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Leadership, culture change and transformation at AVIVA: Norwich Union Insurance (A and B)

Author: Galunic, D. Charles ; Cagna, Anne-MarieINSEAD Area: Organisational BehaviourPublisher: Fontainebleau : INSEAD, 2008.Language: EnglishDescription: 14 p. + 17 p.Type of document: INSEAD CaseNote: Latest version available via https://publishing.insead.eduAbstract: This two-part case study describes the initial merger and cultural transformation of Aviva's Norwich Union (NUI) operation in the UK. It examines the complexities of integration that arose following a series of mergers that created NUI from 1998 to 2000. Case A describes how, after CGU Plc and Norwich Union joined forces to become NUI, top management's priority was to restore profits. Behind the scenes, however, the need for a whole new corporate culture was becoming increasingly imperative. It shows the tensions that arose between the need for immediate gains in efficiencies and that of longer-term approaches to the business that required careful nurturing and attention. It ends as the executive team's announcement of the new corporate philosophy - "to be a service provider with insurance at our core and care at our heart" - is greeted with disbelief by employees. Case B describes what was done to overcome their skepticism and successfully implement the new philosophy - actions that required significant change to the organizational culture. Pedagogical Objectives: This case does two things. First, it shows how easy it is for strategy and culture to move apart. Firms seek strategic advantage all the time; top executives look for ways to improve the positioning of the firm in the marketplace, often making major and seemingly sudden decisions on how the firm will play the game against competitors - once they see a direction, they expect the change yesterday. If the company culture is important to realizing these strategic ends but is not moving in the same direction or is being asked to move too often, misalignment can occur. Second, the case shows how to go about realigning culture and strategy, following the steps of one large organization in trying to ensure that the people and systems support the strategy.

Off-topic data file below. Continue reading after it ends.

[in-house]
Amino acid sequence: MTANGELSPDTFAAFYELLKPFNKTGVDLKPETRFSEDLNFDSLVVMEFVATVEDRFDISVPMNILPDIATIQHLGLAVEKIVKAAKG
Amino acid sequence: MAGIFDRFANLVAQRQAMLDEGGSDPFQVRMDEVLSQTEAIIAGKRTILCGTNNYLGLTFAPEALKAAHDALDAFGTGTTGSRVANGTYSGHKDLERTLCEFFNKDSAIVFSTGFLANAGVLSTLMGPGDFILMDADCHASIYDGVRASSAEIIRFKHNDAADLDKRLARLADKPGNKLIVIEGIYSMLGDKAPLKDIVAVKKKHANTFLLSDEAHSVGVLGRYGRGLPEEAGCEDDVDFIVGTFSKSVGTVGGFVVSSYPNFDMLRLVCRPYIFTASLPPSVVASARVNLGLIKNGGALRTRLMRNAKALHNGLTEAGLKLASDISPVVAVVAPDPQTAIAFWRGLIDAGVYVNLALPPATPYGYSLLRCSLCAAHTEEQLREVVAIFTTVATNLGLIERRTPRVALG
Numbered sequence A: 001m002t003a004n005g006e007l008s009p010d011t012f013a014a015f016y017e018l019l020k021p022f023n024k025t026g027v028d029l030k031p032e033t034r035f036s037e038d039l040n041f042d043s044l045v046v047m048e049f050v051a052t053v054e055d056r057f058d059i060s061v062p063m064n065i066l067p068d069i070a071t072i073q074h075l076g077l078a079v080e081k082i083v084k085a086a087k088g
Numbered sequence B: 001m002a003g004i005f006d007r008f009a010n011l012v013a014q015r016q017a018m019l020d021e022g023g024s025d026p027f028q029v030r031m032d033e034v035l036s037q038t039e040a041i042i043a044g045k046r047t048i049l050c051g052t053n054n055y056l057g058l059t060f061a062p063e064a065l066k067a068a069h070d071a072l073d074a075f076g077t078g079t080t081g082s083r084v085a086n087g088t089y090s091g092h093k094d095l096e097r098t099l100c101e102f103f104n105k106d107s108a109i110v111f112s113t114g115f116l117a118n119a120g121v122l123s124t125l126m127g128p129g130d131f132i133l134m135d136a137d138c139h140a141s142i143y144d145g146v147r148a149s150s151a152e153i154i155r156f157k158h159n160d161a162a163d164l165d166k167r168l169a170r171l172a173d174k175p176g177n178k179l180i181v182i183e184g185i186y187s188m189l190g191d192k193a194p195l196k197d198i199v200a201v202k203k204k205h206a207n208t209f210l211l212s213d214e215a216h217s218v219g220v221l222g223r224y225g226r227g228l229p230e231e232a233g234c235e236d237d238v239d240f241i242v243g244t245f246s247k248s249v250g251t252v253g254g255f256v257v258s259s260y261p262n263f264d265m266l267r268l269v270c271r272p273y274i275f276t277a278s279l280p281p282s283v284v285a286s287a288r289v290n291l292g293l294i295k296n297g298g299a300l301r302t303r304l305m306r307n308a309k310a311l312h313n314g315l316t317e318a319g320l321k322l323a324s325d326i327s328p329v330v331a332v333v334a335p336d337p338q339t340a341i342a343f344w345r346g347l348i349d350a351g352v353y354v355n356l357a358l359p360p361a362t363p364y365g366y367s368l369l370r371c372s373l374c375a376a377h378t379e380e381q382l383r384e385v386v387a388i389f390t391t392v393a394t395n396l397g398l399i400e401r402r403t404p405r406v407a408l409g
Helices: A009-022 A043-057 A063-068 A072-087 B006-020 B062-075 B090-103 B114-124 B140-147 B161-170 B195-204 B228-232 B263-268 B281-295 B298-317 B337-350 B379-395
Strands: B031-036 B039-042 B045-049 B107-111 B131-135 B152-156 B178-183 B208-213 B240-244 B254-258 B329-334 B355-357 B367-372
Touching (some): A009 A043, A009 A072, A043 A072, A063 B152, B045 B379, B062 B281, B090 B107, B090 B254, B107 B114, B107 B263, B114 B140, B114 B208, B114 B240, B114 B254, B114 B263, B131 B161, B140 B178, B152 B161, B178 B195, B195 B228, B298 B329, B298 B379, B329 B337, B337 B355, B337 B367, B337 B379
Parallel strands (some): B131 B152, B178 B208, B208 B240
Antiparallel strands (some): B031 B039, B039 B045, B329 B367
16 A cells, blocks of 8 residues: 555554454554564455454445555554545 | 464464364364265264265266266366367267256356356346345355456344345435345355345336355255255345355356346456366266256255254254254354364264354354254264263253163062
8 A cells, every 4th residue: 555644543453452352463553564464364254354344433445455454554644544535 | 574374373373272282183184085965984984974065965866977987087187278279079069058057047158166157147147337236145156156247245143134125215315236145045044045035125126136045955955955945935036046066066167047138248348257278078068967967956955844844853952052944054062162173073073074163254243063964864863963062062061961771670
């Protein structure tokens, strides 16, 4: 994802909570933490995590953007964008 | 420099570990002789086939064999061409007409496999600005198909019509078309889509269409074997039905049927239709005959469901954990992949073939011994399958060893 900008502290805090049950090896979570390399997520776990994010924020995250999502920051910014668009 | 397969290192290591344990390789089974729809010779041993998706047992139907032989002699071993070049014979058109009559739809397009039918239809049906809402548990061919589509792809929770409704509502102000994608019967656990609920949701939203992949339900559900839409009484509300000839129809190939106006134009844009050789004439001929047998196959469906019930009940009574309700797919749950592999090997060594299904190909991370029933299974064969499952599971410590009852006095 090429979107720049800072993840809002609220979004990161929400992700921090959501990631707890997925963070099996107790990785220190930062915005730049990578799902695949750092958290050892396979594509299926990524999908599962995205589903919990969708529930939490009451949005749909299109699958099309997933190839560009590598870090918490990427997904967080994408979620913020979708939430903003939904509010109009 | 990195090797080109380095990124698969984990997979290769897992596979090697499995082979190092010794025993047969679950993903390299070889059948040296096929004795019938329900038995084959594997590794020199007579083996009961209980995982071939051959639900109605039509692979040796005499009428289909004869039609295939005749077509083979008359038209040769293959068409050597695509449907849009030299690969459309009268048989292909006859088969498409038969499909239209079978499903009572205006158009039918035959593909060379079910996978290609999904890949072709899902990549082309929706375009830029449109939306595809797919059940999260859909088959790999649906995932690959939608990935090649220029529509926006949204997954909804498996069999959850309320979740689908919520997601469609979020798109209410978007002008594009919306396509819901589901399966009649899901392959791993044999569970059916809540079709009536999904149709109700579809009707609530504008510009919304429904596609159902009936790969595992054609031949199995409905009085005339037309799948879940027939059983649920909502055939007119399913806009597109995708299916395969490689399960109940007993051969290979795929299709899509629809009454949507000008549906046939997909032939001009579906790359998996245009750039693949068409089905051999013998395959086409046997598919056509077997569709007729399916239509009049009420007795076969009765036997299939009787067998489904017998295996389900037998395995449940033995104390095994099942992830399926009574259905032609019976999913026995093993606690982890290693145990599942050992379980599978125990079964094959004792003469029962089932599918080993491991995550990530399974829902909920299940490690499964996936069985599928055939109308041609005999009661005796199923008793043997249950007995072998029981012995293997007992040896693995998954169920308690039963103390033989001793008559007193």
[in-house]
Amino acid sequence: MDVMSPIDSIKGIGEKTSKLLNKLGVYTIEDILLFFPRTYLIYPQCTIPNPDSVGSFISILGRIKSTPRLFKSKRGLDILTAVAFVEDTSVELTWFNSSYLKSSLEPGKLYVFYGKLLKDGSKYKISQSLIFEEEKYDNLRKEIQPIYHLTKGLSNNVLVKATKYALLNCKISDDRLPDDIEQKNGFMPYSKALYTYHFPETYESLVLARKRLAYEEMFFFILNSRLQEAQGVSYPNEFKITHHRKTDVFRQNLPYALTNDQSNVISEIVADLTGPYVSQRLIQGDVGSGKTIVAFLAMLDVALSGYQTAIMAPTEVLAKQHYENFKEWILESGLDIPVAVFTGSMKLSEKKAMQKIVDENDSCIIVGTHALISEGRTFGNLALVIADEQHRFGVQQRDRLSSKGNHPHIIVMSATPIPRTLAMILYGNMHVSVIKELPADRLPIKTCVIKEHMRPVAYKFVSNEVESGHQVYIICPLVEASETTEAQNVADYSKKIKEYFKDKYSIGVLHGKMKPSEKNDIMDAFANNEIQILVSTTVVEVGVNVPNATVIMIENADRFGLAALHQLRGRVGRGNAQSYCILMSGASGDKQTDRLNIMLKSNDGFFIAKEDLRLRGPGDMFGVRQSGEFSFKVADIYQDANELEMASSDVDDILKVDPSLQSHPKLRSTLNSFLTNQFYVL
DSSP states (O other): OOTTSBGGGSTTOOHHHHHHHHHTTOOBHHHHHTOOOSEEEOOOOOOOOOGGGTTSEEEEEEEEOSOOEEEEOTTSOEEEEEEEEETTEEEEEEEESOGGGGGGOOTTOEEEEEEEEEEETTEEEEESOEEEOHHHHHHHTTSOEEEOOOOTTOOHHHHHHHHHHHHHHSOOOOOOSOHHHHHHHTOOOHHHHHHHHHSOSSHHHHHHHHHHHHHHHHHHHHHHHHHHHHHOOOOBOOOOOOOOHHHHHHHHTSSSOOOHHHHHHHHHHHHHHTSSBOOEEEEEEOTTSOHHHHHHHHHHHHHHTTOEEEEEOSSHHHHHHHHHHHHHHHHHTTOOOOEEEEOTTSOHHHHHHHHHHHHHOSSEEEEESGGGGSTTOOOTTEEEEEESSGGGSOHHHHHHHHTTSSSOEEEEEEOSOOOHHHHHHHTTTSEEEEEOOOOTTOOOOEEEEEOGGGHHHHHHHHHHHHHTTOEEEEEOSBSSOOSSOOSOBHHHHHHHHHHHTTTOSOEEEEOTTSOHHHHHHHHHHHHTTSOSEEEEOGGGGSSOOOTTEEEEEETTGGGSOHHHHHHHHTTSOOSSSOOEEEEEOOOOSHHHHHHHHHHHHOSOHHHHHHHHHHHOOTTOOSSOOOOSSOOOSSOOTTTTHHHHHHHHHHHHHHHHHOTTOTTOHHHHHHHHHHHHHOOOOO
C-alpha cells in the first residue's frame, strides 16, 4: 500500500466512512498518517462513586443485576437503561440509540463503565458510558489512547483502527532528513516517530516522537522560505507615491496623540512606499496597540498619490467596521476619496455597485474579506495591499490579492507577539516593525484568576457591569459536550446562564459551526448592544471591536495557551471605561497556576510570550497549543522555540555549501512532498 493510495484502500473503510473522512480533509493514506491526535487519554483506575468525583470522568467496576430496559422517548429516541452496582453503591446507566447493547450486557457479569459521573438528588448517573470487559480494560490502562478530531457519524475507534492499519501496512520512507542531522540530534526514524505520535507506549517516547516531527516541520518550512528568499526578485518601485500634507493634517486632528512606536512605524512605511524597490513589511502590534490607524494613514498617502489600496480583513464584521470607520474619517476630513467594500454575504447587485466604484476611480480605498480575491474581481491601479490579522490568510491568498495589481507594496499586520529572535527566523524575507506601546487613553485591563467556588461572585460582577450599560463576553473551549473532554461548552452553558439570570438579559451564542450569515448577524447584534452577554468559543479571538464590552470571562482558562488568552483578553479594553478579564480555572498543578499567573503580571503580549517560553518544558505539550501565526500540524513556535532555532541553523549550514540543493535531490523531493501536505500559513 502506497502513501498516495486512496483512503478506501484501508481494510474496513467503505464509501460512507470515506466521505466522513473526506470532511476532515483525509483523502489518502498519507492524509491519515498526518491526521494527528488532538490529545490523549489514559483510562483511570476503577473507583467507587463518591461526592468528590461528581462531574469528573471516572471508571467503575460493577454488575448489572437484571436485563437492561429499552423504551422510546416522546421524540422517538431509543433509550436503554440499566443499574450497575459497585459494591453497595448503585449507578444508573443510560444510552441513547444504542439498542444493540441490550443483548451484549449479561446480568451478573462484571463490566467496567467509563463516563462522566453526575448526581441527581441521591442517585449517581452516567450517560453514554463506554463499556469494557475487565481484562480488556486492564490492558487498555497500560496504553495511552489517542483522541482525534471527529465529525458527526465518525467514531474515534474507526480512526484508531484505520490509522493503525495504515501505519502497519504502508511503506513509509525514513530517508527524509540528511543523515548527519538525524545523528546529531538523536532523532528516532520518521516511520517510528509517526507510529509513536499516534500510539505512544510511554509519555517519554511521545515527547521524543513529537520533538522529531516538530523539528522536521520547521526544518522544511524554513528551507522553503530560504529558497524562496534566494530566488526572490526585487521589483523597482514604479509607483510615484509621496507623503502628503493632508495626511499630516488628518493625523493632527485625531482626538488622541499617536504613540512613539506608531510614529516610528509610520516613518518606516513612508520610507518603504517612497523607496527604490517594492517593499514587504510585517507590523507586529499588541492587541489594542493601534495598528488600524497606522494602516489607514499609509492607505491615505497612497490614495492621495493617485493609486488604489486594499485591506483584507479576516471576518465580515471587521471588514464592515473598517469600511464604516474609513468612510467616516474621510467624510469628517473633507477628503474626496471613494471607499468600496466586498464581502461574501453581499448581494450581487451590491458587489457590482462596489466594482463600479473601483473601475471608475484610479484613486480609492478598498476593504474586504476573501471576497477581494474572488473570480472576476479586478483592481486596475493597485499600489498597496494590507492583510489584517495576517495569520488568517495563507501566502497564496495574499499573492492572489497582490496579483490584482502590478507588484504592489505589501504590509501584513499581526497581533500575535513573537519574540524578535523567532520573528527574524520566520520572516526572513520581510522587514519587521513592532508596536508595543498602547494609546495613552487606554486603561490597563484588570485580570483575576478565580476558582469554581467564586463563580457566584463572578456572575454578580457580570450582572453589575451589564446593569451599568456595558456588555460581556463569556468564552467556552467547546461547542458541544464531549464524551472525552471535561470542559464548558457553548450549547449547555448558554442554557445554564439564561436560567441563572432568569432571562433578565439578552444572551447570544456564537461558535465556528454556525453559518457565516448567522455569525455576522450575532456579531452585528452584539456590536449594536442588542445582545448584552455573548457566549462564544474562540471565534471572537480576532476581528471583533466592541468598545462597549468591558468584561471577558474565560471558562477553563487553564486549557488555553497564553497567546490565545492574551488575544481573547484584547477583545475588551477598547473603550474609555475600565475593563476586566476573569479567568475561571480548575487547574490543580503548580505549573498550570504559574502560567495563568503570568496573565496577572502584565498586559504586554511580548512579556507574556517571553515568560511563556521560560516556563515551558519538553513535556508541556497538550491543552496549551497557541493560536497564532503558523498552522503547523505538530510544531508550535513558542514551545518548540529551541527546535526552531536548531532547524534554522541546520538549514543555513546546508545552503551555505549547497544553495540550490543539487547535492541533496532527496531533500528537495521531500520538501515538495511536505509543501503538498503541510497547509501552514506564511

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Latest version available via <a href=https://publishing.insead.edu>https://publishing.insead.edu</a>

This case does two things. First, it shows how easy it is for strategy and culture to move apart. Firms seek strategic advantage all the time; top executives look for ways to improve the positioning of the firm in the marketplace, often making major and seemingly sudden decisions on how the firm will play the game against competitors - once they see a direction, they expect the change yesterday. If the company culture is important to realizing these strategic ends but is not moving in the same direction or is being asked to move too often, misalignment can occur. Second, the case shows how to go about realigning culture and strategy, following the steps of one large organization in trying to ensure that the people and systems support the strategy.

This two-part case study describes the initial merger and cultural transformation of Aviva's Norwich Union (NUI) operation in the UK. It examines the complexities of integration that arose following a series of mergers that created NUI from 1998 to 2000. Case A describes how, after CGU Plc and Norwich Union joined forces to become NUI, top management's priority was to restore profits. Behind the scenes, however, the need for a whole new corporate culture was becoming increasingly imperative. It shows the tensions that arose between the need for immediate gains in efficiencies and that of longer-term approaches to the business that required careful nurturing and attention. It ends as the executive team's announcement of the new corporate philosophy - "to be a service provider with insurance at our core and care at our heart" - is greeted with disbelief by employees. Case B describes what was done to overcome their skepticism and successfully implement the new philosophy - actions that required significant change to the organizational culture.

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